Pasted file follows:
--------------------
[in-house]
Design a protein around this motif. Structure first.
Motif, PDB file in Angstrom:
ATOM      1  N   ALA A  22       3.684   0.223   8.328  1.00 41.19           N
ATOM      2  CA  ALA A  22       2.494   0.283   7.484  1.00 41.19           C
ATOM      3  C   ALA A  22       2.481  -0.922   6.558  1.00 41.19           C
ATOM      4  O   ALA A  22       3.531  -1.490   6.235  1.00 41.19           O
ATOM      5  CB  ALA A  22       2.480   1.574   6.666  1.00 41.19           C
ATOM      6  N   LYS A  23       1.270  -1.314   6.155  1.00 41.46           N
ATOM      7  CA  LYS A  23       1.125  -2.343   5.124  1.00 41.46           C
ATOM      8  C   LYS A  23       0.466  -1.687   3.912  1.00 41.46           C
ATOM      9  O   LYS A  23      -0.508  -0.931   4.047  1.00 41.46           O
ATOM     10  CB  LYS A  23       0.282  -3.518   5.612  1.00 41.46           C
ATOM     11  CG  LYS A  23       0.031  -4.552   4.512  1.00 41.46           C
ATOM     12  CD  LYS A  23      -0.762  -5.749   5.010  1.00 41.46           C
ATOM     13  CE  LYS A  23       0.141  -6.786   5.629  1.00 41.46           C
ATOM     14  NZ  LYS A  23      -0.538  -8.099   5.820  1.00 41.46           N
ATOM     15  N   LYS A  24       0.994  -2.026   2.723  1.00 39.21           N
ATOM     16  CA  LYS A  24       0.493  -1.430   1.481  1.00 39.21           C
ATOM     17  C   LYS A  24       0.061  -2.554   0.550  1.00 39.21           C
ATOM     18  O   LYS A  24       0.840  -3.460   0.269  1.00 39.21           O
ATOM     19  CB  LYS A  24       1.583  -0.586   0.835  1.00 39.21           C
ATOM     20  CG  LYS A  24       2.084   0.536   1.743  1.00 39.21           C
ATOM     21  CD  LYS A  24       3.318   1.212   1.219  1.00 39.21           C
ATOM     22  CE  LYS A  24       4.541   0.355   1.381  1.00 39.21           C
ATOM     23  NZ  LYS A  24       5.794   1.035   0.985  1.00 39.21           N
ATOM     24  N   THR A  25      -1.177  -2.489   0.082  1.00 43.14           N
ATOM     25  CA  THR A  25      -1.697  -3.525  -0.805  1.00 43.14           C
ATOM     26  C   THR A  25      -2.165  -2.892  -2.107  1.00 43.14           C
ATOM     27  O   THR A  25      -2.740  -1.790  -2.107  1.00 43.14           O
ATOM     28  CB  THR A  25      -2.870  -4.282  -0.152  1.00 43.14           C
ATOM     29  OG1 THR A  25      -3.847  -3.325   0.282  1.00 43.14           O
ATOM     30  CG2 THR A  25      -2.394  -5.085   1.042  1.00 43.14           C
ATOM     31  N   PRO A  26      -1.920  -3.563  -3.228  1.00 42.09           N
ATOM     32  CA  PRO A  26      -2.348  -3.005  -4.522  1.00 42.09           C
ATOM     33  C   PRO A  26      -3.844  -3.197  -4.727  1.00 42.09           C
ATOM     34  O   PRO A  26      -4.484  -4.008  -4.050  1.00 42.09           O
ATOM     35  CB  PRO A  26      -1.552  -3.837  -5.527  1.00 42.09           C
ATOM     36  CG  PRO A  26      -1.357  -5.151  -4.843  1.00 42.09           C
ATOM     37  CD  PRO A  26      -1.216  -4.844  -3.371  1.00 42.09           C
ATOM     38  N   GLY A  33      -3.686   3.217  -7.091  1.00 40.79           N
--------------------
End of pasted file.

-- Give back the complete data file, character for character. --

[in-house]
Design a protein around this motif. Structure first.
Motif, PDB file in Angstrom:
ATOM      1  N   ALA A  22       3.684   0.223   8.328  1.00 41.19           N
ATOM      2  CA  ALA A  22       2.494   0.283   7.484  1.00 41.19           C
ATOM      3  C   ALA A  22       2.481  -0.922   6.558  1.00 41.19           C
ATOM      4  O   ALA A  22       3.531  -1.490   6.235  1.00 41.19           O
ATOM      5  CB  ALA A  22       2.480   1.574   6.666  1.00 41.19           C
ATOM      6  N   LYS A  23       1.270  -1.314   6.155  1.00 41.46           N
ATOM      7  CA  LYS A  23       1.125  -2.343   5.124  1.00 41.46           C
ATOM      8  C   LYS A  23       0.466  -1.687   3.912  1.00 41.46           C
ATOM      9  O   LYS A  23      -0.508  -0.931   4.047  1.00 41.46           O
ATOM     10  CB  LYS A  23       0.282  -3.518   5.612  1.00 41.46           C
ATOM     11  CG  LYS A  23       0.031  -4.552   4.512  1.00 41.46           C
ATOM     12  CD  LYS A  23      -0.762  -5.749   5.010  1.00 41.46           C
ATOM     13  CE  LYS A  23       0.141  -6.786   5.629  1.00 41.46           C
ATOM     14  NZ  LYS A  23      -0.538  -8.099   5.820  1.00 41.46           N
ATOM     15  N   LYS A  24       0.994  -2.026   2.723  1.00 39.21           N
ATOM     16  CA  LYS A  24       0.493  -1.430   1.481  1.00 39.21           C
ATOM     17  C   LYS A  24       0.061  -2.554   0.550  1.00 39.21           C
ATOM     18  O   LYS A  24       0.840  -3.460   0.269  1.00 39.21           O
ATOM     19  CB  LYS A  24       1.583  -0.586   0.835  1.00 39.21           C
ATOM     20  CG  LYS A  24       2.084   0.536   1.743  1.00 39.21           C
ATOM     21  CD  LYS A  24       3.318   1.212   1.219  1.00 39.21           C
ATOM     22  CE  LYS A  24       4.541   0.355   1.381  1.00 39.21           C
ATOM     23  NZ  LYS A  24       5.794   1.035   0.985  1.00 39.21           N
ATOM     24  N   THR A  25      -1.177  -2.489   0.082  1.00 43.14           N
ATOM     25  CA  THR A  25      -1.697  -3.525  -0.805  1.00 43.14           C
ATOM     26  C   THR A  25      -2.165  -2.892  -2.107  1.00 43.14           C
ATOM     27  O   THR A  25      -2.740  -1.790  -2.107  1.00 43.14           O
ATOM     28  CB  THR A  25      -2.870  -4.282  -0.152  1.00 43.14           C
ATOM     29  OG1 THR A  25      -3.847  -3.325   0.282  1.00 43.14           O
ATOM     30  CG2 THR A  25      -2.394  -5.085   1.042  1.00 43.14           C
ATOM     31  N   PRO A  26      -1.920  -3.563  -3.228  1.00 42.09           N
ATOM     32  CA  PRO A  26      -2.348  -3.005  -4.522  1.00 42.09           C
ATOM     33  C   PRO A  26      -3.844  -3.197  -4.727  1.00 42.09           C
ATOM     34  O   PRO A  26      -4.484  -4.008  -4.050  1.00 42.09           O
ATOM     35  CB  PRO A  26      -1.552  -3.837  -5.527  1.00 42.09           C
ATOM     36  CG  PRO A  26      -1.357  -5.151  -4.843  1.00 42.09           C
ATOM     37  CD  PRO A  26      -1.216  -4.844  -3.371  1.00 42.09           C
ATOM     38  N   GLY A  33      -3.686   3.217  -7.091  1.00 40.79           N